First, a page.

I just wanted to quickly thank you for doing this podcast. I have been avoiding some media for a long time now for several reasons. But as a consequence I also isolated myself to what is happening in the world. I am glad that a friend suggested listening to your podcasts. I feel like your conversations really opened the window to world for me again. Thanks for your smart, sometimes funny and balanced way of enabling people to talk about stuff that you normally only get to hear if you visit elite universities. And thanks for making it (mostly) understandable for people without an academic background.

    Your doing a great job in creating a better world. Thank you!

  6. I don't know if I 100% agree with giving social media users a literal social credit score ( I think it would be really difficult to detect humor and think it could keep contrarian opinions from surfacing) but I really enjoyed the conversation.

  7. This guy had my attention until his russophobic nonsense about Russian misinformation. He suggests that Russians have been the primary perpetrators of this since the 50's as if they've had some sort of unique monopoly on this somehow unaware that every single country's intelligence services engage in this behavior, non more so than the US needless to say.I guess he's never heard of the CIA.
    Hey instead of a kindness quotient how about a bullshit scale?

  8. I'm gonna have to disagree with Hr Haidt when it comes to limiting politicis to minimal spaces. He is grossly underestimating the enemy. There is no finding common ground with the left or agreeing on more civil discourse. This was thrown out by the left a long time ago. I'm sick of conservatives always been forced to give up gracefully or appealing to respect for all views. Look, the left wants to abolish the four olds entirely and that includes any meaningful remanence of white/sys/Christian. It is time for seperation and a swift divorce while we still can!!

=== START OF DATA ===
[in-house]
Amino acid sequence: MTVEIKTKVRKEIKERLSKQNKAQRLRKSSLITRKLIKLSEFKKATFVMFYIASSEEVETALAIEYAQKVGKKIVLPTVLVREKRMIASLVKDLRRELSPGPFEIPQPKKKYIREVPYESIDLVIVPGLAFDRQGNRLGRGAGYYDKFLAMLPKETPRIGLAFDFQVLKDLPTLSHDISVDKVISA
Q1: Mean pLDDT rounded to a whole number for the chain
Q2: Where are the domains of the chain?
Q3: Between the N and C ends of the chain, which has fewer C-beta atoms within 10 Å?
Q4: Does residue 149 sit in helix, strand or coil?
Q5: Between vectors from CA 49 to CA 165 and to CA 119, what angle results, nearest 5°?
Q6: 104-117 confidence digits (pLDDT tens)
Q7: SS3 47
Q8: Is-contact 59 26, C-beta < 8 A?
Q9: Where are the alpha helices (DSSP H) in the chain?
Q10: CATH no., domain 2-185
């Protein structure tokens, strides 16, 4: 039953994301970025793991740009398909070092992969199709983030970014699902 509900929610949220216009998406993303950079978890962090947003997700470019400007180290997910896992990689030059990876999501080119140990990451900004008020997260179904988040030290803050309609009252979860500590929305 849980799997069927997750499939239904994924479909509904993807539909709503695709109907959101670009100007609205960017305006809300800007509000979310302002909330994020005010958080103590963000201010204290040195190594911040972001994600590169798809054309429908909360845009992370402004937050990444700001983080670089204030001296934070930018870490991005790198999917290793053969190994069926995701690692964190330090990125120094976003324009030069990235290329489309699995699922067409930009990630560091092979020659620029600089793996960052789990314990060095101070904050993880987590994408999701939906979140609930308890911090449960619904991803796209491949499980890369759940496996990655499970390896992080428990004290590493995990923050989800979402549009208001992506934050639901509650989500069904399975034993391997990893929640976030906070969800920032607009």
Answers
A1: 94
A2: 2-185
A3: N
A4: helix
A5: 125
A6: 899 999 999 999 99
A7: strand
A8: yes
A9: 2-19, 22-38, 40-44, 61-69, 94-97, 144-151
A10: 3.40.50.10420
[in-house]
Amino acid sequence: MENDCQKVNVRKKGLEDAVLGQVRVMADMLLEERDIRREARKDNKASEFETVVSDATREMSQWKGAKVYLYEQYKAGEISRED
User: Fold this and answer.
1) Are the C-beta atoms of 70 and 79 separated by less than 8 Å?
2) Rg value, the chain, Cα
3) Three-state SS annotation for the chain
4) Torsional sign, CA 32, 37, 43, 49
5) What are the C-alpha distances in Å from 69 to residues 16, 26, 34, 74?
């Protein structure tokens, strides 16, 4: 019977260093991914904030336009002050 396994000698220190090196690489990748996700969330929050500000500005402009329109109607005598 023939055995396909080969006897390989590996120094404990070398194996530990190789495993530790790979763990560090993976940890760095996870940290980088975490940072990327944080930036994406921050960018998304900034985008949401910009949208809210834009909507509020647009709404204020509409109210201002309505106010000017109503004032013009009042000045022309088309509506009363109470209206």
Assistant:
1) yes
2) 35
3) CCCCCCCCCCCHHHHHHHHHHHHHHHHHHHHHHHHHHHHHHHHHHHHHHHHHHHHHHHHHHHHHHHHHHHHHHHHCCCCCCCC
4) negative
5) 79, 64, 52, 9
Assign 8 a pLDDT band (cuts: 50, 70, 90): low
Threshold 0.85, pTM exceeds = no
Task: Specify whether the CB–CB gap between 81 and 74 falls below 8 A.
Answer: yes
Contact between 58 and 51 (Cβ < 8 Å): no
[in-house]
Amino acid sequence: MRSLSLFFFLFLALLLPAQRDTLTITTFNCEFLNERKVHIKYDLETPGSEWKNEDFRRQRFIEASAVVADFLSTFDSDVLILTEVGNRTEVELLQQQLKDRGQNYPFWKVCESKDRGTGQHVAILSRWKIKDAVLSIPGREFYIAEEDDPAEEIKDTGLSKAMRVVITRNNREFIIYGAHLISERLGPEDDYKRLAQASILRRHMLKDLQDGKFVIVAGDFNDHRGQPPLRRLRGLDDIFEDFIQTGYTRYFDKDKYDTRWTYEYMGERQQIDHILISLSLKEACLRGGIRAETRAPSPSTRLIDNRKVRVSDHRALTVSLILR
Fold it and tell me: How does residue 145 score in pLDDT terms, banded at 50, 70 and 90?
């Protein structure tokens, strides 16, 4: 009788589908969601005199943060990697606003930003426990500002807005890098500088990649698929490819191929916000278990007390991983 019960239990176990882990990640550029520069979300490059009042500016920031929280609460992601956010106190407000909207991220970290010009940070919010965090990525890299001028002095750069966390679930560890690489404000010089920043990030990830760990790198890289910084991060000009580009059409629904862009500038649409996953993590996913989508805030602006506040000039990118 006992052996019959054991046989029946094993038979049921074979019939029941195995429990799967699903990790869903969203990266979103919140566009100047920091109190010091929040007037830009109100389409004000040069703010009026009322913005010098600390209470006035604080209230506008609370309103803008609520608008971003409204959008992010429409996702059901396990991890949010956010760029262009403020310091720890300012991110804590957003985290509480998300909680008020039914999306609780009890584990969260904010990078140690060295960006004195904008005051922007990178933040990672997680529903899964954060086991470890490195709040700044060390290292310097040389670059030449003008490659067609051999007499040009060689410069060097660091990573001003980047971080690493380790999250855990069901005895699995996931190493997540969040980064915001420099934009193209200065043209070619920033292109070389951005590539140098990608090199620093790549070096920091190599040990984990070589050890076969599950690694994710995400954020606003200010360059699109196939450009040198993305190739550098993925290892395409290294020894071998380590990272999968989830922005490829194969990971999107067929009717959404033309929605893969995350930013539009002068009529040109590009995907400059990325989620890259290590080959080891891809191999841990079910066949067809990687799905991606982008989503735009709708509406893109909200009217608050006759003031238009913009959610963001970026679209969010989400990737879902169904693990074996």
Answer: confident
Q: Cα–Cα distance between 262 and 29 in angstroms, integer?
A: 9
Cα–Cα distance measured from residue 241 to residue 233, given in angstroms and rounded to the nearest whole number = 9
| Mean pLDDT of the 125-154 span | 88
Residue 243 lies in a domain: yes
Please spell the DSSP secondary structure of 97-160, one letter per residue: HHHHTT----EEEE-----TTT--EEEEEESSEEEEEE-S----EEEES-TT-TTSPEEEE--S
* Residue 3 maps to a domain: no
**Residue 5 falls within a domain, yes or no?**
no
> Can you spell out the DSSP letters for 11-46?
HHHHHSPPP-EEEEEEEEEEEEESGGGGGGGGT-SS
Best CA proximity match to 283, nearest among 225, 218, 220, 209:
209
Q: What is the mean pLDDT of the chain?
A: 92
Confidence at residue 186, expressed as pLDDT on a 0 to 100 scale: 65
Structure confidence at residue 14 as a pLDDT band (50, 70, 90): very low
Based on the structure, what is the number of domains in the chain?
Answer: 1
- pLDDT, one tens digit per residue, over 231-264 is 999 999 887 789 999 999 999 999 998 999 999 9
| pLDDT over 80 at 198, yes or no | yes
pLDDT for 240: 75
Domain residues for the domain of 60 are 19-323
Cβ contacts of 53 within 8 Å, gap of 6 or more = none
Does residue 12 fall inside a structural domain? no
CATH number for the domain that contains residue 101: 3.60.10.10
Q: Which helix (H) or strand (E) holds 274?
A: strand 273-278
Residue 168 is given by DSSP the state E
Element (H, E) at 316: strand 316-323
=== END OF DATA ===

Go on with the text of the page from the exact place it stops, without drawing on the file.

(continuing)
9. I feel like Lex is insistent on looking for a technical solution to a technology that exponentially amplifies the worst human nature. For kids, much like the cigarette, there is no such thing as "safe" social media. Period.

  10. Lex SIMPing for Musk is pretty ridiculous. Does he really think Musk’s tweets are not contrived? You think he is just lighthearted Tweeting. Stop being so Pollyanneish Lex. Musk has used Twitter over and over again to distract from his failing. Don’t worry he is only a few month away from solving that problem too. : )

  11. All due respect to Dr. Haidt but it's 2022 and cops can't tell a spoofed phone number from a valid one. Yes, I'm sorry but swatting is a thing. Good luck with the magic AI.
    Also, why do the democrats lean into this non existing "replacement theory" by applauding white deaths resulting from the "pill epidemic"? A few minutes of research gives you "it's not happening" and "it's good that it's happening". I was born at night…

  12. Jonathan seems stuck in the blame game. Twitter is just a social media channel, not a parent, or a culture at large, and I think the struggle of young people is not going to be cured by restricting Twitter more and Elon’s plan makes sense. Twitter holds a mirror up to the culture that it emerges out of. Is Twitter a cause or an effect?

  13. Simple things could have a large impact on girls mental health. For example, watermarking Instagram photos, clearly showing the filter applied to the image.

  14. Lol … "control bullying"??? They haven't been able to control bullying at school, in the workplace, etc. How do you think they're going to control bullying on "Social" media ?? They can't, they won't, they probably just don't care. When society realizes the problem of "Social" media and moves toward abandonment of this "media", we might begin to see change.